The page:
by Jennifer AlLee
As a rule, if a book has been made into a movie or TV show, I like to read the book before I watch it. But right now, I'm trying something different. I'm watching the TV series Under the Dome and I'm reading the book by Stephen King at the same time.
I'm used to there being major differences between the written story and the visual one. Most of the time, it's necessary. Take Gone With the Wind... as if dealing with the entire Civil War wasn't enough, Scarlett's antics produced three children in the book. Even after removing the existence of two of those kids in the movie, it still clocked in at three hours.
At 1088 pages, Under the Dome is a pretty hefty book. Naturally, one would expect some changes, although as a TV series, there's a lot more time to tell the story. What surprises me is how little of the details in the book have made it onto the small screen.
Both are in a town called Chester's Mill that has found itself covered by a mysterious Dome (like the one in The Simpsons' Movie). And a lot of the characters' names are the same. But that's it. Ages, occupations, marital status, even mortal status is up for grabs. Yes, one character that's a focal point of the TV series is actually dead by the time you're a couple chapters into the book.
Now it's your turn. What's your favorite book turned into a movie? (I expect some lively conversation from the Austen fans out there!) Is there a movie that made so many odd changes to the storyline you wonder why they optioned the book in the first place?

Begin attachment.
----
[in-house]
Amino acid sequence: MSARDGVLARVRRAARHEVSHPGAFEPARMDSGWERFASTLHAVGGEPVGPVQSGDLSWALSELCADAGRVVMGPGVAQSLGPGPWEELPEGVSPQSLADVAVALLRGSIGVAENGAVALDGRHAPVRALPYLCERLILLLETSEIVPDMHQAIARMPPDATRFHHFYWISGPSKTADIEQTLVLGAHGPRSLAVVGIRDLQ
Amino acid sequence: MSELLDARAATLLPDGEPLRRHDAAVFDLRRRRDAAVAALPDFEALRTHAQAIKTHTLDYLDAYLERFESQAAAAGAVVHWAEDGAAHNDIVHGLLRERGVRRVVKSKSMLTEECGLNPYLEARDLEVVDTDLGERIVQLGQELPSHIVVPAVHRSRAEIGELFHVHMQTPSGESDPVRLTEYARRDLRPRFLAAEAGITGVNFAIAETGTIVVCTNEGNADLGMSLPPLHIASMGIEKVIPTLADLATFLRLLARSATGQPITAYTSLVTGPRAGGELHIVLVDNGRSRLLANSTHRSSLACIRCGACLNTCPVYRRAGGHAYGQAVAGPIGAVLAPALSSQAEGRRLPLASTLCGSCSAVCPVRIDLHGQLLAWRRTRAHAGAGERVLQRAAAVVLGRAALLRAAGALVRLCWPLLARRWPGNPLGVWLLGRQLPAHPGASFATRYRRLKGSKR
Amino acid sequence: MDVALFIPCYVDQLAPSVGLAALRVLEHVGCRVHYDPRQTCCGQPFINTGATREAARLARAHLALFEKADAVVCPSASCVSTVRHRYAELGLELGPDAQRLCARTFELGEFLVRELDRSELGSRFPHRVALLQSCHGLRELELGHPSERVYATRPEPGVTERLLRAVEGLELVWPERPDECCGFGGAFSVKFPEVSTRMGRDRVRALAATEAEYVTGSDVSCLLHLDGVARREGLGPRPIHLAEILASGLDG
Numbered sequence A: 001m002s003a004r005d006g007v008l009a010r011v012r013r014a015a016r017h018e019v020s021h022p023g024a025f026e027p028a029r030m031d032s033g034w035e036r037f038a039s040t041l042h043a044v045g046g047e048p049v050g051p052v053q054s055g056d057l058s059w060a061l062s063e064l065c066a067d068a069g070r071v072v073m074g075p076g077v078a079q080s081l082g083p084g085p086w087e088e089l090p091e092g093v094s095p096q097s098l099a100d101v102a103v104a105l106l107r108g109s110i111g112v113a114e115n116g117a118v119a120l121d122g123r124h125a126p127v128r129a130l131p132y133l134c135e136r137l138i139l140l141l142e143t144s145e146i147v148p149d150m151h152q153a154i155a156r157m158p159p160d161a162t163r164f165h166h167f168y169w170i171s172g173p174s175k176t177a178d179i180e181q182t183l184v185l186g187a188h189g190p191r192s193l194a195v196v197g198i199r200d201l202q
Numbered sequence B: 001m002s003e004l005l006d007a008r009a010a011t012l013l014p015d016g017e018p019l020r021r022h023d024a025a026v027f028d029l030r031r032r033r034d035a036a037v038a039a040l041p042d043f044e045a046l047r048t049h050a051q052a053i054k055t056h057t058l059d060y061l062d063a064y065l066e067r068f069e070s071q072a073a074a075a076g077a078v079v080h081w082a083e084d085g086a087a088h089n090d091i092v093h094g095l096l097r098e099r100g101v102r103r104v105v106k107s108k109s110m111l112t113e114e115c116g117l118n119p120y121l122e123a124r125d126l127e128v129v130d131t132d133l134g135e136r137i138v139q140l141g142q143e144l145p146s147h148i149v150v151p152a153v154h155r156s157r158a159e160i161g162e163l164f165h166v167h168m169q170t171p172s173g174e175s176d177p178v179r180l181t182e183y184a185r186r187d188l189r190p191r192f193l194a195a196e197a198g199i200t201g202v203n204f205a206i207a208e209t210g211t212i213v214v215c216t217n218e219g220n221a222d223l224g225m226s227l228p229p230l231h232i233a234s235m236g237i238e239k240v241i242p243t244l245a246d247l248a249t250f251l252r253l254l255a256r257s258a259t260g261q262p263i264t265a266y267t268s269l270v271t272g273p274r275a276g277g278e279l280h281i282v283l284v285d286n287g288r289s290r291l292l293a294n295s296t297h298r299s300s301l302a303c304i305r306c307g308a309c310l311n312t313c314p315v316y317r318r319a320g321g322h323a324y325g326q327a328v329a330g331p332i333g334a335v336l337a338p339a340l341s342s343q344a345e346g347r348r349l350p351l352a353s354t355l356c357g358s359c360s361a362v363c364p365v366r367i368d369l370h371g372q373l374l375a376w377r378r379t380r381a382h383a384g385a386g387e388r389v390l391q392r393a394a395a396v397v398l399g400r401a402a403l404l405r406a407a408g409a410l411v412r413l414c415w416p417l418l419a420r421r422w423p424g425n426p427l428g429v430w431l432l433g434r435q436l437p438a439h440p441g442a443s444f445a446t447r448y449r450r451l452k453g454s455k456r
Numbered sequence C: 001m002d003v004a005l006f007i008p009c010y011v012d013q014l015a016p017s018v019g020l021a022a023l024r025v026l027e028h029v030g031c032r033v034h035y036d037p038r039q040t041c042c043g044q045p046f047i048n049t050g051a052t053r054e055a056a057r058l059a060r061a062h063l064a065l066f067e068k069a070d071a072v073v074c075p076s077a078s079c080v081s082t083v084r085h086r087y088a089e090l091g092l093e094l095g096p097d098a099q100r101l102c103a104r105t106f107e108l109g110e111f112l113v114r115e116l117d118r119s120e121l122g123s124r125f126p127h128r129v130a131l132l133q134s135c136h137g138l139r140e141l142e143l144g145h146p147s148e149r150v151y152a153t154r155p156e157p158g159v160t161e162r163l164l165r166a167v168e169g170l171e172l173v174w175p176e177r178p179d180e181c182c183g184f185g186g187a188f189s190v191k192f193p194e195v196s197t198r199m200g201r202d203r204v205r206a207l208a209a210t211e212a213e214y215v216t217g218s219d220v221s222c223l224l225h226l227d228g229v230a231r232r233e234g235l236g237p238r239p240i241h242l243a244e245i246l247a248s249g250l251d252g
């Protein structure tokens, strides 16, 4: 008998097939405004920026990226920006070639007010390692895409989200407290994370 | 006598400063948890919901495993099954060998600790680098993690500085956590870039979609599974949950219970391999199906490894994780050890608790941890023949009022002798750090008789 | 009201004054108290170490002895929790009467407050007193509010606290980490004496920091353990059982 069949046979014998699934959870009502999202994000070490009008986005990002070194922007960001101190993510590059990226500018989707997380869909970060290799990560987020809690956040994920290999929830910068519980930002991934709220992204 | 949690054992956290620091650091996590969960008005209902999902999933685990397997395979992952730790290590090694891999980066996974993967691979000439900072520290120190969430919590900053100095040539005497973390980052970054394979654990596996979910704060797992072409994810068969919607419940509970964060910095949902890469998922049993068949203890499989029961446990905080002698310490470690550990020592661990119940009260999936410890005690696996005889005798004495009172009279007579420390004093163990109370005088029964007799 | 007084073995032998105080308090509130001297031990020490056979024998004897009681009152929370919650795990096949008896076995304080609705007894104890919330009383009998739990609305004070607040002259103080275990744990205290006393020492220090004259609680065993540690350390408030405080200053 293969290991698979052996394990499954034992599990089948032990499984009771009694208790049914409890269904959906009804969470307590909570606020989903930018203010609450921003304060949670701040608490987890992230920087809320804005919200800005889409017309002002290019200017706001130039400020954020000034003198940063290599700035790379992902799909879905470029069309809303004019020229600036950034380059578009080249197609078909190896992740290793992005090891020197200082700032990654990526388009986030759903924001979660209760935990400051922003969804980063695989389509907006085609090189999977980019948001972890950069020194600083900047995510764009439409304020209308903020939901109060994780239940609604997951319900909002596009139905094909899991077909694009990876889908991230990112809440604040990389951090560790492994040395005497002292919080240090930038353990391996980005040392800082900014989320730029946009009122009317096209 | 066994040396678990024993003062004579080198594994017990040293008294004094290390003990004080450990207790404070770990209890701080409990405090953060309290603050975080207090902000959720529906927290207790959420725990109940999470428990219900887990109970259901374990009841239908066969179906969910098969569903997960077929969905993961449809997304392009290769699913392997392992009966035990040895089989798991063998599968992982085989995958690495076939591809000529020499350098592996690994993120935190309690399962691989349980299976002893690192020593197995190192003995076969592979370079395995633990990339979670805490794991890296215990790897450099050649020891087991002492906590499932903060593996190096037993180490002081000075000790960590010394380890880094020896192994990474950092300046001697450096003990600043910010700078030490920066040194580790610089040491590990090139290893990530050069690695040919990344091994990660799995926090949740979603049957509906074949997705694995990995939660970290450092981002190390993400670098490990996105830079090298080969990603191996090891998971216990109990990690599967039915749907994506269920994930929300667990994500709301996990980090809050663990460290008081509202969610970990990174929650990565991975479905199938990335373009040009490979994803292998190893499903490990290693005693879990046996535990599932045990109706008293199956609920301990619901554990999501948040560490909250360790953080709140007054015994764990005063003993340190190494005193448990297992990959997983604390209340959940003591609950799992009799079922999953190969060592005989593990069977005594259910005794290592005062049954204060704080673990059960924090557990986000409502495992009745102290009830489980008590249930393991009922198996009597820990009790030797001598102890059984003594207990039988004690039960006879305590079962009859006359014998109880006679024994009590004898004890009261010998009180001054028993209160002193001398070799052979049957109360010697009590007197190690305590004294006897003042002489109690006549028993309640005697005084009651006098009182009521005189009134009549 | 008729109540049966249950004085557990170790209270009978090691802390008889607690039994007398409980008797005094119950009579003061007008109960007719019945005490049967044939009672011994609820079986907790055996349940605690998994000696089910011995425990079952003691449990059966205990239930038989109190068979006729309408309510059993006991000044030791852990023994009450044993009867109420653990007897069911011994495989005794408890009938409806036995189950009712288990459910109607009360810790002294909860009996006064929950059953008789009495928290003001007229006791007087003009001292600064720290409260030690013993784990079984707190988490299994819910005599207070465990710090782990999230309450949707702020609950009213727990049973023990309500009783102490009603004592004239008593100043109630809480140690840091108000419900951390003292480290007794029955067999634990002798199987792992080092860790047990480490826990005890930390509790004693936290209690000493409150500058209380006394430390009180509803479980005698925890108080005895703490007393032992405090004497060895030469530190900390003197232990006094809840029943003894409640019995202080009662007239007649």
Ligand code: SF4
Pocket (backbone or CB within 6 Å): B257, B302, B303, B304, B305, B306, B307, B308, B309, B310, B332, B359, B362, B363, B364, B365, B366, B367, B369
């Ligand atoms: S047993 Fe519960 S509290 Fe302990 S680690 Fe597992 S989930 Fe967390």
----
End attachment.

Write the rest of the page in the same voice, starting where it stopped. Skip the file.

JENNIFER ALLEE was born in Hollywood, California, and spent her first ten years living above a mortuary one block away from the famous intersection of Hollywood & Vine. Now she lives in the grace-filled city of Las Vegas, which just goes to prove she’s been blessed with a unique life. When she’s not busy spinning tales, she enjoys playing games with friends, attending live theater and movies, and singing at the top of her lungs to whatever happens to be playing on the car radio. Although she’s thrilled to be living out her lifelong dream of being a novelist, she considers raising her son to be her greatest creative accomplishment. She's a member of American Christian Fiction Writers, Romance Writers of America, Christian Authors Network, and the Christian Fiction Blog Alliance. Her novels include The Pastor’s Wife, The Mother Road and A Wild Goose Chase Christmas from Abingdon Press; Diamond in the Rough and Vanishing Act, the first two books in the Charm and Deceit series, from Whitaker House and co-written with Lisa Karon Richardson; and the novella Comfort and Joy in the Christmas anthology, Mistletoe Memories from Barbour.